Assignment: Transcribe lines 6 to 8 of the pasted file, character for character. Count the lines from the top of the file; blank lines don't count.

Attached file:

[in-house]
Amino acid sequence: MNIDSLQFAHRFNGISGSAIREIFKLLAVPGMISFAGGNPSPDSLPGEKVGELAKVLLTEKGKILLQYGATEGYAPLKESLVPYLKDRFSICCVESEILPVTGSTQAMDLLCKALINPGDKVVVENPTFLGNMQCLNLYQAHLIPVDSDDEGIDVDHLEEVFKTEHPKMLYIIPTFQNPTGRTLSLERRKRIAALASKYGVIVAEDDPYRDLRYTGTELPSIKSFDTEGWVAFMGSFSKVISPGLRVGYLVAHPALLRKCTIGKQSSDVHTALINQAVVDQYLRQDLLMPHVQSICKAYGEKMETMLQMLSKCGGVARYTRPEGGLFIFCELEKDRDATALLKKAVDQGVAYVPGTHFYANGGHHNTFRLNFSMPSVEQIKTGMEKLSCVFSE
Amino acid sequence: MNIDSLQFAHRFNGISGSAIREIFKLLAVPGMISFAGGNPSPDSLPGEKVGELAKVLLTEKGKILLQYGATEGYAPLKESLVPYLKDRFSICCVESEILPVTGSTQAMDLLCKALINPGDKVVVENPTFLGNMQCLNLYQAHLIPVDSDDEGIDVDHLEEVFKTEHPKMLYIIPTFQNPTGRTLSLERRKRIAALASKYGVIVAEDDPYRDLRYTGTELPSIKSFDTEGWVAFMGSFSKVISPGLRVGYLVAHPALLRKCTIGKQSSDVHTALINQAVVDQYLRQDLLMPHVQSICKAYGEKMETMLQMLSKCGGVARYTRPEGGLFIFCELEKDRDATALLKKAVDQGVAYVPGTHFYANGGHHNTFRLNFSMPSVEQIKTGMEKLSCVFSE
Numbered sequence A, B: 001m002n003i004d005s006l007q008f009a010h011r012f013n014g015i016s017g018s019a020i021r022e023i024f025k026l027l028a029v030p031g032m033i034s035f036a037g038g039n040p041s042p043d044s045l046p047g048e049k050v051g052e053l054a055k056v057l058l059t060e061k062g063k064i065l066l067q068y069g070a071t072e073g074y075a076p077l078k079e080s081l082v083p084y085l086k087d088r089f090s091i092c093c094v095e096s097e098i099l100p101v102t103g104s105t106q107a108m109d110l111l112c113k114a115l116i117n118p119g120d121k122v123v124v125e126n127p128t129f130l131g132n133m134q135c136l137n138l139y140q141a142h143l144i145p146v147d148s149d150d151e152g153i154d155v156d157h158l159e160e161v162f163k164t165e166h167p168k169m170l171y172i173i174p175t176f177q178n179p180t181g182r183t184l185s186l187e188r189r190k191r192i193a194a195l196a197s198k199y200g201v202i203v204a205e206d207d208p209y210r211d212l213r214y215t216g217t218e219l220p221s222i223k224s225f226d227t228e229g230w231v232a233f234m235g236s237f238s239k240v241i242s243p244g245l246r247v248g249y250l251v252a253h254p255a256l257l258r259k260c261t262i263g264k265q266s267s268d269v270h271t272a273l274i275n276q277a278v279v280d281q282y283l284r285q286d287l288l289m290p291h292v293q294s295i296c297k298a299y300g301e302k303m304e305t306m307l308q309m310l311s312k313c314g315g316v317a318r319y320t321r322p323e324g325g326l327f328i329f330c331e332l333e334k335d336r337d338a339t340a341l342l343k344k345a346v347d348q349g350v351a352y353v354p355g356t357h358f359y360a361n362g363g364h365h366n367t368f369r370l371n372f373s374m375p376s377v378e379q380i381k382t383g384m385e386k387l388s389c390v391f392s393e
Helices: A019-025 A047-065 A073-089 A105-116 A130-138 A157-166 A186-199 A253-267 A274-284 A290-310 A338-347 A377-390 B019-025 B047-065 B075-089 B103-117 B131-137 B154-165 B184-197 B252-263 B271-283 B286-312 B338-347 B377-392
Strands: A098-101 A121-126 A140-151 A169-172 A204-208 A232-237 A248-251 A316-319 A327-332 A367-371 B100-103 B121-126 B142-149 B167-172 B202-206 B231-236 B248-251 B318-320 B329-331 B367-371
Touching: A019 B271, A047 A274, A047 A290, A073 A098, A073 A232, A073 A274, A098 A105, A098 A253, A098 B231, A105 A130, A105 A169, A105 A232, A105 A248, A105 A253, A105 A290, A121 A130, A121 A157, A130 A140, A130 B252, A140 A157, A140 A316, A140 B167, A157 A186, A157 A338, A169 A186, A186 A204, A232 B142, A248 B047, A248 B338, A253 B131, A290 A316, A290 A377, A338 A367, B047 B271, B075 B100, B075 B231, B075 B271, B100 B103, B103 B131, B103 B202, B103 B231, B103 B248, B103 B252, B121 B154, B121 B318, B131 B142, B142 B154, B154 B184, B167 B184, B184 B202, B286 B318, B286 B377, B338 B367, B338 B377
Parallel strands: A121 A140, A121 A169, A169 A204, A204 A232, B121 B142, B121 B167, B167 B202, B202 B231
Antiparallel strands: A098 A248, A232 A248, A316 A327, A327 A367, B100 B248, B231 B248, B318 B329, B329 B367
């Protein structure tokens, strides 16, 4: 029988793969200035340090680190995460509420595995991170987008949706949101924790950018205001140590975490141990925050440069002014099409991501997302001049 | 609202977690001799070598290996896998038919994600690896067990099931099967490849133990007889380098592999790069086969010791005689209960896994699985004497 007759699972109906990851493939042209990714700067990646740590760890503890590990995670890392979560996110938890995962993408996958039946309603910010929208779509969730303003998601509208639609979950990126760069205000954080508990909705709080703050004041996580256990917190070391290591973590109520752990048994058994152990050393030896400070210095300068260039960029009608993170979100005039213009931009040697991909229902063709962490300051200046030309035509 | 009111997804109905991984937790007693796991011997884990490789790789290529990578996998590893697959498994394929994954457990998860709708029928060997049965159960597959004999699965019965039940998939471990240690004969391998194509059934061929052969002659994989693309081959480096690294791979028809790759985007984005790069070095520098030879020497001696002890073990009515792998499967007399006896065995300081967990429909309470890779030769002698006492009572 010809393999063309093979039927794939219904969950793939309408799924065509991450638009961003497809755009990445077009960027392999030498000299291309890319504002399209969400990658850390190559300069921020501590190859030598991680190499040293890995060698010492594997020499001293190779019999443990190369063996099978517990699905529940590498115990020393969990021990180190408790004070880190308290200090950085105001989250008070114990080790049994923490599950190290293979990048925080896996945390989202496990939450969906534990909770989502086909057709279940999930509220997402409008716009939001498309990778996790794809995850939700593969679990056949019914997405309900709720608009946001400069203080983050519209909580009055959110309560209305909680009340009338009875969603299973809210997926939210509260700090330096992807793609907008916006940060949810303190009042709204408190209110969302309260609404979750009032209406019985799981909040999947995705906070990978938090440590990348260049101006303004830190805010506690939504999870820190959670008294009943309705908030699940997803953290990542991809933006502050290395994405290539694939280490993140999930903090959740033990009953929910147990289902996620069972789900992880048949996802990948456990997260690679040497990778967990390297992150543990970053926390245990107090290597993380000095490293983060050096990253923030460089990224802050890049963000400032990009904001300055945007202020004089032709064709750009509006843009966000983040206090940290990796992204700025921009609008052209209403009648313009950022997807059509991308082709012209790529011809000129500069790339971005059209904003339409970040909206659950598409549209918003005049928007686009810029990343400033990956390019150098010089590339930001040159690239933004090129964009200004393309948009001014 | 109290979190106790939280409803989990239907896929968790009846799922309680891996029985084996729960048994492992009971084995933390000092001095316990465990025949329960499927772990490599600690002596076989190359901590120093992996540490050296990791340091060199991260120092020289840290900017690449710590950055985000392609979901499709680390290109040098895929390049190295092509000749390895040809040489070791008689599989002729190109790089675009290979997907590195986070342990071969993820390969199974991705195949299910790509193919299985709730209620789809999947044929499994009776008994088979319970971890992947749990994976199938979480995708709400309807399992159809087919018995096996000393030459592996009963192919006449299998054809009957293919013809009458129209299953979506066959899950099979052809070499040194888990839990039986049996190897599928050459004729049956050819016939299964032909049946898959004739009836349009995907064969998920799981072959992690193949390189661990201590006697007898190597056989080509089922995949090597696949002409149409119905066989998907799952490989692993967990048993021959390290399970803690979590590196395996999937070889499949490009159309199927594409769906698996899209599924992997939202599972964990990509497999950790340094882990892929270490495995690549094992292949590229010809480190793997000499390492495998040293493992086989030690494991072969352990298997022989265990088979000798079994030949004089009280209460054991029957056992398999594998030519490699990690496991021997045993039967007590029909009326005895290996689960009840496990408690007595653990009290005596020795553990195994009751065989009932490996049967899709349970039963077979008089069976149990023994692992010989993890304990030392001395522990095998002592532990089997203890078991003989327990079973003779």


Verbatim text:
Strands: A098-101 A121-126 A140-151 A169-172 A204-208 A232-237 A248-251 A316-319 A327-332 A367-371 B100-103 B121-126 B142-149 B167-172 B202-206 B231-236 B248-251 B318-320 B329-331 B367-371
Touching: A019 B271, A047 A274, A047 A290, A073 A098, A073 A232, A073 A274, A098 A105, A098 A253, A098 B231, A105 A130, A105 A169, A105 A232, A105 A248, A105 A253, A105 A290, A121 A130, A121 A157, A130 A140, A130 B252, A140 A157, A140 A316, A140 B167, A157 A186, A157 A338, A169 A186, A186 A204, A232 B142, A248 B047, A248 B338, A253 B131, A290 A316, A290 A377, A338 A367, B047 B271, B075 B100, B075 B231, B075 B271, B100 B103, B103 B131, B103 B202, B103 B231, B103 B248, B103 B252, B121 B154, B121 B318, B131 B142, B142 B154, B154 B184, B167 B184, B184 B202, B286 B318, B286 B377, B338 B367, B338 B377
Parallel strands: A121 A140, A121 A169, A169 A204, A204 A232, B121 B142, B121 B167, B167 B202, B202 B231